School system officials said Friday that their website will likely launch next week after almost a month of being unavailable due to a security breach. The website, along with several other technologies, was taken down after a hacker released personal data for thousands of past and present employees and students in June. The school system’s technologies will hopefully be fully restored in the next week, said Clarksville-Montgomery County School System’s Chief Communications Officer Elise Shelton.
Two-thirds of Tennessee is now in severe drought, according to the National Oceanic and Atmospheric Administration , following the second-driest June on record and state farmers are scrambling to salvage crops they can. Utility districts and cities are discussing possible actions to take, according to The Tennessean, which could include banning nonessential water uses. Middle Tennessee farmers have seen droughts before, but this one started earlier than normal. Dairy farmer Roy Major was harvesting his corn two months early Thursday, predicting about 20 percent of the yield he would normally get in a year to feed his 165 cattle.
The ongoing heat wave is forcing people to stay indoors and drink plenty of fluids, but it’s also having an impact on what reaches the kitchen table. The weekly National Drought Summary released Thursday by the National Drought Mitigation Center indicates that most of Tennessee is in a severe drought. That means crop and pasture losses are likely, water shortages are common and water use restrictions are being imposed. The rain that came through the area Wednesday and Thursday night accounted for about half an inch, leaving a deficit of about eight inches so far this year.
As heat and drought ravage Middle Tennessee, utility departments say customers and their habits are forcing them to begin enacting voluntary water restrictions. Despite record-low water levels at sources such as Percy Priest Lake, there are no significant water shortages. An unusually dry June has put most of Tennessee into a severe drought during what was supposed to be one of the rainier months. Coupled with record-breaking heat, the dry conditions have pushed water demand close to the limit for the number of gallons many water utility districts can pump in one day.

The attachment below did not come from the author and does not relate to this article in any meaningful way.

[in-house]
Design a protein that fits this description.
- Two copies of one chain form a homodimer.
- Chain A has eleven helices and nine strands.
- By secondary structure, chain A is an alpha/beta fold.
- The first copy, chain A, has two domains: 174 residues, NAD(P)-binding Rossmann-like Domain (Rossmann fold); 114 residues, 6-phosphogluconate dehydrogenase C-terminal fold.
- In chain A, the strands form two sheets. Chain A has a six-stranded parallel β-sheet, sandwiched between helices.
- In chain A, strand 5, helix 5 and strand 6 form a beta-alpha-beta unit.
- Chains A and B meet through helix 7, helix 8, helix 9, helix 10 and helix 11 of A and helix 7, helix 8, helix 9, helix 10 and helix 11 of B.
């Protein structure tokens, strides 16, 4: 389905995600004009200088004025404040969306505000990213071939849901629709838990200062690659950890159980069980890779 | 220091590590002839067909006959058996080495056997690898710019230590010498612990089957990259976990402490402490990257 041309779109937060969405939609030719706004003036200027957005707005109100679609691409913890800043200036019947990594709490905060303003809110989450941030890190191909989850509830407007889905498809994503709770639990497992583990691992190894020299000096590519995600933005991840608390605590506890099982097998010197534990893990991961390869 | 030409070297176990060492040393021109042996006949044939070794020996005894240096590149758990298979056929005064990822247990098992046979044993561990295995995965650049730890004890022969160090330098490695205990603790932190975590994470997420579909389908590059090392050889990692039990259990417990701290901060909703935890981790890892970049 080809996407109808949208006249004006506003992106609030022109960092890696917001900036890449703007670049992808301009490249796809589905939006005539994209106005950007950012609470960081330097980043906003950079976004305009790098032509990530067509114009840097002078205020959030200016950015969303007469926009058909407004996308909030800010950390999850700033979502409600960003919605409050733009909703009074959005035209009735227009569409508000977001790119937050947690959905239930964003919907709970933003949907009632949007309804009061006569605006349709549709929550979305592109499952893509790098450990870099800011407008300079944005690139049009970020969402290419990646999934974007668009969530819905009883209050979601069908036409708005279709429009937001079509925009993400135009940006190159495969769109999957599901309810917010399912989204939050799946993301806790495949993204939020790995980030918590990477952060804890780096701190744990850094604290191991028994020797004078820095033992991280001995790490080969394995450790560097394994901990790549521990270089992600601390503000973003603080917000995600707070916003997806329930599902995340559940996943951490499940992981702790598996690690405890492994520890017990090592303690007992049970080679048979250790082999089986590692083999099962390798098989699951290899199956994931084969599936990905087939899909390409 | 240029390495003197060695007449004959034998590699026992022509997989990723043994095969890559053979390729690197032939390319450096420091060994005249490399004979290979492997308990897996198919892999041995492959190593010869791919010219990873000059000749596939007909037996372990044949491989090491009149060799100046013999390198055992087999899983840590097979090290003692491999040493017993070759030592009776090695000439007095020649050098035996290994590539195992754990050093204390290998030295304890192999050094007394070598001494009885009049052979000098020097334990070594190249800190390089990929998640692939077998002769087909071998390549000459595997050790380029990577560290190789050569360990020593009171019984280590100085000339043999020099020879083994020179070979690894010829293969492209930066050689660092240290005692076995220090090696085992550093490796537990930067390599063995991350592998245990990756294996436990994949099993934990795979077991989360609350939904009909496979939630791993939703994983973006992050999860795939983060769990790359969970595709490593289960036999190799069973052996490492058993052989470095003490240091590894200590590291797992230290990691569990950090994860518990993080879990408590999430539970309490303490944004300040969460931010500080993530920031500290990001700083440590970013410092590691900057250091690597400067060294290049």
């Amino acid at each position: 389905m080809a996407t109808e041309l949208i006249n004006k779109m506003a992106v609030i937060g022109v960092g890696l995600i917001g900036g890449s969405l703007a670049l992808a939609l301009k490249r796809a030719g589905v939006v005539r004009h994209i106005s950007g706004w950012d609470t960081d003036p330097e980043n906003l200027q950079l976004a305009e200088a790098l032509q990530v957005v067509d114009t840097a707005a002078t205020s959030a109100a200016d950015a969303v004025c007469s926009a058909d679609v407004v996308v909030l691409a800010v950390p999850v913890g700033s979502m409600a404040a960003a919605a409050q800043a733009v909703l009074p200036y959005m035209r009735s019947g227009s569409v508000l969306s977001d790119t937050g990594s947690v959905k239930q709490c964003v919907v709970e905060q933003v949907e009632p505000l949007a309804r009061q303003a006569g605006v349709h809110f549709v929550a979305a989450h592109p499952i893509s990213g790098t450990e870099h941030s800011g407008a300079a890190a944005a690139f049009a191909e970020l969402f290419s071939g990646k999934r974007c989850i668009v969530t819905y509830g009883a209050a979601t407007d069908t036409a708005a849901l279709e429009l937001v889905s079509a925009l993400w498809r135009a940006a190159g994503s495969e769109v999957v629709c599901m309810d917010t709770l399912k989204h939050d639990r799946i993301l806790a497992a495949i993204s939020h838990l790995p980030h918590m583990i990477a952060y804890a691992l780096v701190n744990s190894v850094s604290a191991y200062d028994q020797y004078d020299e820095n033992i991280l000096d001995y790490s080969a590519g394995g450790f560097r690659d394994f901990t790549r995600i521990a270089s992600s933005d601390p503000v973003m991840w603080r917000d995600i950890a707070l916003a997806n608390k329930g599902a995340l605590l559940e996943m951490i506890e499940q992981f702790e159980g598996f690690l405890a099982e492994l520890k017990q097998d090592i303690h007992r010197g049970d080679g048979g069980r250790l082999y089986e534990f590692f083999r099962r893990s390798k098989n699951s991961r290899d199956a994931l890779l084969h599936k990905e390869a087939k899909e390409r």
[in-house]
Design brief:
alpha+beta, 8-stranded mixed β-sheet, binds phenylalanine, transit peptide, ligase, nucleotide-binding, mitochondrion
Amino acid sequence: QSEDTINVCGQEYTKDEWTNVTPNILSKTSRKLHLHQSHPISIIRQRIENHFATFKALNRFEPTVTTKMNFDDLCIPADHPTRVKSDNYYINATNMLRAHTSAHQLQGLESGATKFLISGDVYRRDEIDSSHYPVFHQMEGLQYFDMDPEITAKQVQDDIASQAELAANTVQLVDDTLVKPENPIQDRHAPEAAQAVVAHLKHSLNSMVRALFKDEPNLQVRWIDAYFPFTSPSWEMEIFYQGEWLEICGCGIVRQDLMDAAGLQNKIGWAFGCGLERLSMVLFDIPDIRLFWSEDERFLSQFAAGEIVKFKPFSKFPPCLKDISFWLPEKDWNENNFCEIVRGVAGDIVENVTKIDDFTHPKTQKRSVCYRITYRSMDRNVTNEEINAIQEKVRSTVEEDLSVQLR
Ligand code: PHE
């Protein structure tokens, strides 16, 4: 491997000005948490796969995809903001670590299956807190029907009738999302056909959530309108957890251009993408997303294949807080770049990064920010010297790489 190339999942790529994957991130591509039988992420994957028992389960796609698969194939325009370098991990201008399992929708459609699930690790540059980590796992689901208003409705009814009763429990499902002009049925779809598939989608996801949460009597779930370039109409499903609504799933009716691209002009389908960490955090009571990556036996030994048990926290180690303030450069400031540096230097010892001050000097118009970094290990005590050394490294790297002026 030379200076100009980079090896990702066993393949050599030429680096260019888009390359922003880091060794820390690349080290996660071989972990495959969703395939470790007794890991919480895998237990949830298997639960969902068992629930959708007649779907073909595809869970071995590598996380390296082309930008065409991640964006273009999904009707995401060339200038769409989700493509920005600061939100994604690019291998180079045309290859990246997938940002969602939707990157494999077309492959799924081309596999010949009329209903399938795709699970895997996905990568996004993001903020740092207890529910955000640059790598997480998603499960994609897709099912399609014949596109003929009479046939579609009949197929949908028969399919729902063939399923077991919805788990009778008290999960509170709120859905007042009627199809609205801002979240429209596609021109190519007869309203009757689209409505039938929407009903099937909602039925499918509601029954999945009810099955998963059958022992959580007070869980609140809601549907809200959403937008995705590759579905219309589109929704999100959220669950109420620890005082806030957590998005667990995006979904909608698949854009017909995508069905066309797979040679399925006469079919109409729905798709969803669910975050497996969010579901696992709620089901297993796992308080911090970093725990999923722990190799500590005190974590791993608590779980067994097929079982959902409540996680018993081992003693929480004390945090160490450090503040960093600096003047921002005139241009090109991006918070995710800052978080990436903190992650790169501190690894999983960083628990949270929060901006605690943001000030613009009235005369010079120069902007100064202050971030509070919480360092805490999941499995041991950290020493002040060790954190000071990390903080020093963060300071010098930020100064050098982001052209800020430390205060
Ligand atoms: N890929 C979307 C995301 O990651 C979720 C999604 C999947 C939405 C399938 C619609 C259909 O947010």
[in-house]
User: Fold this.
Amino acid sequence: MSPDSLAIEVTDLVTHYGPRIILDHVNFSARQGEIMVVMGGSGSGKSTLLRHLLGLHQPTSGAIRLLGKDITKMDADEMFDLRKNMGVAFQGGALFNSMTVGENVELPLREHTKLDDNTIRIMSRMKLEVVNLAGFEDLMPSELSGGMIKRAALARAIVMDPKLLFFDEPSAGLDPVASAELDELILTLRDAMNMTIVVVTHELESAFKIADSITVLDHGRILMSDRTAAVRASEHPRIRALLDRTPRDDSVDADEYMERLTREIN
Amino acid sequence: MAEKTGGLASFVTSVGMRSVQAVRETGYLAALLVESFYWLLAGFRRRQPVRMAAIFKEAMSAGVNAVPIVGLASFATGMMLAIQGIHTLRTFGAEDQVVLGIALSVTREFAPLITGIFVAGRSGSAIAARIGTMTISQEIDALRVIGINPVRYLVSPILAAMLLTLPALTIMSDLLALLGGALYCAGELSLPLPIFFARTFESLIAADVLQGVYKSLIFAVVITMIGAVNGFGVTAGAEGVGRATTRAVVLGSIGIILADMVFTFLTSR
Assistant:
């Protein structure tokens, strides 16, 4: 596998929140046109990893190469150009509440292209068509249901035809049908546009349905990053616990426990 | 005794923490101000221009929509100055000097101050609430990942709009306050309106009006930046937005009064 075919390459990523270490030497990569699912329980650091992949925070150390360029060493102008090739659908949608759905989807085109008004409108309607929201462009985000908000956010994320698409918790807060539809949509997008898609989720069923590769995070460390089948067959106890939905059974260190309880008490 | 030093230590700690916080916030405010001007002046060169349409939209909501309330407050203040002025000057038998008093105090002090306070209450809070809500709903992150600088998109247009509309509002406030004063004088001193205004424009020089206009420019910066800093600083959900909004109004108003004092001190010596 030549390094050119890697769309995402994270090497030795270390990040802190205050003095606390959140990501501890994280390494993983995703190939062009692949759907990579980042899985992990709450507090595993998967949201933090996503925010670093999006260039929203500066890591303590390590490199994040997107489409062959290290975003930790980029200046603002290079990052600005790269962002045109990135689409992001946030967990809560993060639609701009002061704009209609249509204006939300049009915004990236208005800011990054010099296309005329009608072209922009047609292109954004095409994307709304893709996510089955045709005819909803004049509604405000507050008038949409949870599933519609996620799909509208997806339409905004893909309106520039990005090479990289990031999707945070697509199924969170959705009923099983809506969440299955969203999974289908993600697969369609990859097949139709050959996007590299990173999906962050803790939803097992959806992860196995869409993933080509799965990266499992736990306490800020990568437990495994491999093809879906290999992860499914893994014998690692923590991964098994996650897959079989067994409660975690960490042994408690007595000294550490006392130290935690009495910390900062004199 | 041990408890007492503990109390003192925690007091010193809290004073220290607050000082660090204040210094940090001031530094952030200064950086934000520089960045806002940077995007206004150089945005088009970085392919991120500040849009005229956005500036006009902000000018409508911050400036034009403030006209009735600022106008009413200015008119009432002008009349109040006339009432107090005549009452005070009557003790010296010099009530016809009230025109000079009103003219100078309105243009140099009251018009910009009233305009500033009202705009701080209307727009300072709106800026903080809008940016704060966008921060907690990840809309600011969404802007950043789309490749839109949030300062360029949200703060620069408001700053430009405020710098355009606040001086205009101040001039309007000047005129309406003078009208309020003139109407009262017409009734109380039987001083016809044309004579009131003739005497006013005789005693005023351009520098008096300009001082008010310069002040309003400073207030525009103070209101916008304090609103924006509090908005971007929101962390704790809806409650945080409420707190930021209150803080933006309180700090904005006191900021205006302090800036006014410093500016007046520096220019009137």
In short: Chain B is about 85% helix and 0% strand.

Dry conditions across Rutherford County and the rest of the Midstate have local water districts pleading with customers to voluntarily cut water usage until area rivers and lakes can be replenished. The four districts — Consolidated Utility and those operated by Murfreesboro, Smyrna and La Vergne governments — all draw their water from the Percy Priest Lake. Murfreesboro also uses the Stones River for its water. “We really want to get people thinking about the way they use water. I don’t think we’ve ever had a restriction in place that I remember,” said Smyrna Town Manager Mark O’Neal, adding the town’s emergency policy dictates adopting a restriction when the lake reaches 486 feet.
Employment statistics. Stock market gyrations. Debates on stimulus packages. All of these fill headlines in challenging economic times. Remember, there is more to life. Civic leaders and politicians get so caught up in economics and jobs they forget this larger picture. In our own lives we don’t forget. A memorable concert, an outstanding arts festival, a great movie all are examples of how most of us seek out some kind of artistic expression to give our lives deeper moments of joy and introspection. The arts can be as simple as a grandchild’s scribbles or a touching moment on nighttime television.
Judge Don Ash was appointed this week by the Tennessee Supreme Court as a senior judge. Ash, who always balanced rock solid ethics with his ability to carefully preside over high-profile cases, was a clear choice. In his 18 years of banging the gavel in Circuit Court, Ash has been strict but fair. He’ll step down from the 16th Judicial District effective Sept. 1, but will continue to serve in Circuit Court until Gov. Bill Haslam appoints someone to fill his spot until the 2014 election. Even people who aren’t familiar with the ins and outs of court system will likely know Ash for his handling of some of the biggest trials in the county.